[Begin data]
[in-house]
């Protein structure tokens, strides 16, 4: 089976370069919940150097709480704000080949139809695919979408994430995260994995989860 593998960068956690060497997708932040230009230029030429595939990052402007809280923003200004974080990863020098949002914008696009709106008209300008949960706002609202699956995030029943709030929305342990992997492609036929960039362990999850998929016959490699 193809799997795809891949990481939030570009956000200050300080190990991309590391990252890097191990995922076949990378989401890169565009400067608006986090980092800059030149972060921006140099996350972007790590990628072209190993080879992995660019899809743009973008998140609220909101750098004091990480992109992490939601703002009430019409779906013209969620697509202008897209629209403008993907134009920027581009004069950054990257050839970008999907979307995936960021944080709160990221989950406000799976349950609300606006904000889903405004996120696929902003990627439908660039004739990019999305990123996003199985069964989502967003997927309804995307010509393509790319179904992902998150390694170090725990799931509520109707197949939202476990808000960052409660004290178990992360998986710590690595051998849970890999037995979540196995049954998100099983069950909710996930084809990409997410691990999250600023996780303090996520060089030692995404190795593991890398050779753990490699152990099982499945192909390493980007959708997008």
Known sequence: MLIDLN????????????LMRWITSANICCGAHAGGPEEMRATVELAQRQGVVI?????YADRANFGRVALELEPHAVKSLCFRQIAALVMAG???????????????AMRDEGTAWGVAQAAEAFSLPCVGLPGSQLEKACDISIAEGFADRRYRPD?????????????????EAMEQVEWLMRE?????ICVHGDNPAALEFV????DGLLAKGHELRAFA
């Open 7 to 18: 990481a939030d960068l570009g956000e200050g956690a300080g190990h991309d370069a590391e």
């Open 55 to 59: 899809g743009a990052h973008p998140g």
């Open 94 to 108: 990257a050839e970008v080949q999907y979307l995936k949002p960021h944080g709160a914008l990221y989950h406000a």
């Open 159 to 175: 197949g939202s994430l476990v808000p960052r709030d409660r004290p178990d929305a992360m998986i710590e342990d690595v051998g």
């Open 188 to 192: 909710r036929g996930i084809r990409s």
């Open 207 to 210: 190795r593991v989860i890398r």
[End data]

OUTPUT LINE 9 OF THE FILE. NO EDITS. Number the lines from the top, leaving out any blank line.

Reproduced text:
């Open 207 to 210: 190795r593991v989860i890398r």